Industry 4.0, also known as the Fourth Industrial Revolution or 4IR, is in full swing, altering the way we live, work and ultimately do business.
Characterised by a range of new technologies that are fusing physical, digital and biological worlds, the impact is being felt by all disciplines, economies and industries. Such disruptive technologies continue to pose challenges for businesses worldwide, and firms must constantly adapt to remain competitive.
Family businesses are not immune to these developments, and they too need to harness the potential advantages, as well as mitigate against the potential threats. While family firms have traditionally been renowned for their ability to act fast and adapt to changing market forces, the reactive approach that has been commonly employed among GCC family businesses may no longer suffice.
Whereas in the past, large empires and family estates equated to power and success – giving large business families opportunities not available to those without the funds – recent developments prove that financial wealth is no longer a prerequisite to business success.
We live in an era where companies dominate their respective industries without owning any tangible assets. Uber, the world’s largest taxi company, does not own any vehicles; Airbnb, the world’s largest accommodation provider, does not own any real estate; and Facebook, the world’s most popular media owner, does not create any content.
Family businesses have traditionally relied on their strong asset bases, long-standing relationships with customers and stakeholders, and well-established brands and reputations, but startups are challenging this traditional approach by being agile and innovative, and by taking risks. This is where traditional family businesses may begin to be detrimentally impacted.
Riding the wave
The question family businesses need to ask is how they too can capitalise on industry 4.0 and ride this transformational wave. The term, of course, means different things to different people, and impacts individuals and businesses in various ways. There is a tendency to brush it aside as a manufacturing revolution, or perhaps a technological myth or aspiration, but it is a reality that we all need to embrace in every aspect of our lives.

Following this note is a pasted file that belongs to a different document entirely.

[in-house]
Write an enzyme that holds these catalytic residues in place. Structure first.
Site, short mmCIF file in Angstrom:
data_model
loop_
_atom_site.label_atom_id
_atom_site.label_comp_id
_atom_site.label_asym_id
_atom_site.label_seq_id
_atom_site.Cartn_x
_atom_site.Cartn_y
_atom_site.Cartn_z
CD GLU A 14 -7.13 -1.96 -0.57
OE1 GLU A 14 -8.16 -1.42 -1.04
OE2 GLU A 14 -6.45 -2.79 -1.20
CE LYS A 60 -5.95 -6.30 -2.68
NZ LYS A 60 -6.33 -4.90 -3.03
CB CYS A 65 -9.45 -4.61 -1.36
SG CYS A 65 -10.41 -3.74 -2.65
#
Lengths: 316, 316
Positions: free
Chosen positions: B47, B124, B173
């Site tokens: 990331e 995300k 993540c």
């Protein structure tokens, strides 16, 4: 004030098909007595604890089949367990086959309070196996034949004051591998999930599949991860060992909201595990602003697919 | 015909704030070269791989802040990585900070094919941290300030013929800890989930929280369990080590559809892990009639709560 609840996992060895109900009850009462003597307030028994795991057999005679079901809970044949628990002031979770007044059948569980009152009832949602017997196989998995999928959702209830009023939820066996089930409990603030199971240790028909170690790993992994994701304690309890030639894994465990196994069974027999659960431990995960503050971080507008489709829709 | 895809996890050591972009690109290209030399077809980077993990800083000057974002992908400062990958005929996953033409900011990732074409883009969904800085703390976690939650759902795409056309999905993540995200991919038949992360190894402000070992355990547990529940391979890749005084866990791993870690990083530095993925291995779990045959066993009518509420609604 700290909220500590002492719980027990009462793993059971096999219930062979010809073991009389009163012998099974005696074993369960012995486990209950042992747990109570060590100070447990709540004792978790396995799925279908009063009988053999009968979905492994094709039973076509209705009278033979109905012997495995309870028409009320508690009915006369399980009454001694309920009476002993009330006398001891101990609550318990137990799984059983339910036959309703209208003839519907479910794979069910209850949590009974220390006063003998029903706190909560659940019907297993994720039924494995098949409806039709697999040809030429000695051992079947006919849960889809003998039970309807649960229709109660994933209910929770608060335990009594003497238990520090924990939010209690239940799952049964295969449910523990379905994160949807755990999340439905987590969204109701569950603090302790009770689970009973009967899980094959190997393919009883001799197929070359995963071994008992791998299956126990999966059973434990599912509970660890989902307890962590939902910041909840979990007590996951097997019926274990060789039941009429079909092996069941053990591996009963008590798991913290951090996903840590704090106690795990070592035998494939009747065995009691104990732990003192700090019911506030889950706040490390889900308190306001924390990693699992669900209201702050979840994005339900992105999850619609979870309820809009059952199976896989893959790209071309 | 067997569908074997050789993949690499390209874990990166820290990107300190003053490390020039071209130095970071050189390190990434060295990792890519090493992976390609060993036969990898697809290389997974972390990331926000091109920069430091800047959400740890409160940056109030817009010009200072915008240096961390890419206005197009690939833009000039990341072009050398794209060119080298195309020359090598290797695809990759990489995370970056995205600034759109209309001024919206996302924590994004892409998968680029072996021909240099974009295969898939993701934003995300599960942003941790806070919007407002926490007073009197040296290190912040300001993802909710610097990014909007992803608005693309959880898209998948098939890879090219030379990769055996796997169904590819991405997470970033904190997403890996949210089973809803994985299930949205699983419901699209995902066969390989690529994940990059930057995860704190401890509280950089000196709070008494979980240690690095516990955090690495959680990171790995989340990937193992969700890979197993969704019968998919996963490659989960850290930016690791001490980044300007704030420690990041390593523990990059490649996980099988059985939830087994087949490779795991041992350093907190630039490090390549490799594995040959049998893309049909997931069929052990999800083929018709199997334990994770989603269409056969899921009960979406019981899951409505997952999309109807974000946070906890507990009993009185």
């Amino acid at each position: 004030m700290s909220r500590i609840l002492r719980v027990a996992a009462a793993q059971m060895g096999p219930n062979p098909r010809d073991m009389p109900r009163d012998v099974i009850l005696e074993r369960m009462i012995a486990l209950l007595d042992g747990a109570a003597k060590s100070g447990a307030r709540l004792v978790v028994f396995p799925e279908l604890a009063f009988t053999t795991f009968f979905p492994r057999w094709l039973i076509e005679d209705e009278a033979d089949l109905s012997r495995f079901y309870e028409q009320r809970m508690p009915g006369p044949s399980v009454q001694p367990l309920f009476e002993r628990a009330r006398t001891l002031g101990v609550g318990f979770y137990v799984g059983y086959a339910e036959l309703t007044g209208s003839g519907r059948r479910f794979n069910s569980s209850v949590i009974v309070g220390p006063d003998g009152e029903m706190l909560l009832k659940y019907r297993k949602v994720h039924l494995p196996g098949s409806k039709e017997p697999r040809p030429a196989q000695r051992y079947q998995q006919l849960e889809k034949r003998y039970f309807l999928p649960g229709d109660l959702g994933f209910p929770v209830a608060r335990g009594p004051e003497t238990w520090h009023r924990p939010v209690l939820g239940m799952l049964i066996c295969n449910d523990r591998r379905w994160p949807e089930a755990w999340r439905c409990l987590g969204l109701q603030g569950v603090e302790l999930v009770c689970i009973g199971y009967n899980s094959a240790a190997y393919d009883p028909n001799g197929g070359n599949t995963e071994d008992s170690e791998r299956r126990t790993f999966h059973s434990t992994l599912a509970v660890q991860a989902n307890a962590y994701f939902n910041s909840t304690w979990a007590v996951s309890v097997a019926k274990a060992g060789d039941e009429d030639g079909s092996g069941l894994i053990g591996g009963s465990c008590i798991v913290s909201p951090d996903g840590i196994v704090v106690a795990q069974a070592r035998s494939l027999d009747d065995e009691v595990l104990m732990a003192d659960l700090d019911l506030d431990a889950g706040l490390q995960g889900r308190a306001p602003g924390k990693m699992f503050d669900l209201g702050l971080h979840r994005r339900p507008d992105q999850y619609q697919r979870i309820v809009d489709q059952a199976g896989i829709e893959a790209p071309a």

From a business perspective, new outcomes are likely to emerge from the integration of digital and physical technologies in Industry 4.0. These outcomes are summarised below.
Key impacts of Industry 4.0 at the organisational level
Established family businesses in the Middle East are in a position to realise countless benefits from the changes that are occurring. As global powerhouses and a force to be reckoned with, they have an unparalleled opportunity in terms of business growth by virtue of their positions in the local and international markets.
‘Co-opetition’, in particular, is a concept that family businesses need to embrace. Identifying relevant global players and building platforms to localise technology and expertise is crucial to sustainable industrialisation and knowledge transfer, essentially allowing family businesses to be part of the movement. Business-owning families in the Middle East have the capabilities to collaborate with, or invest in startups, with plentiful opportunities for synergies and lasting growth.
The survival of the family owned business model as we know it today is under greater threat than ever before. In order to remain sustainable and successful, businesses must rapidly adapt to this new paradigm, adequately assessing their threats and risks. There is no room for complacency in this new era.
Family businesses need to get ahead of the curve, anticipate and account for disruption, and adequately equip themselves with the necessary tools to face the disruption of this Fourth Industrial Revolution. Their challenge as the backbone of the local economy is to use disruptive technology to benefit society as a whole.
Successful family businesses are renowned for their long-term view, their activeness in carrying out effective succession planning, and implementing bespoke governance systems and policies at both the family and business level. Addressing these elements, and placing Industry 4.0 on the family business agenda, will serve as an insurance policy to protect these businesses, and ensure their security and sustainability for years to come.
What’s more, by being part of the digitalisation movement, the region and its business-owning families can become leading global players in this new era.
About the authors
Walid Chiniara (pictured) is partner and head of Family Enterprise Consulting at Deloitte, Middle East, and Yasmine Omari is manager of Family Enterprise Consulting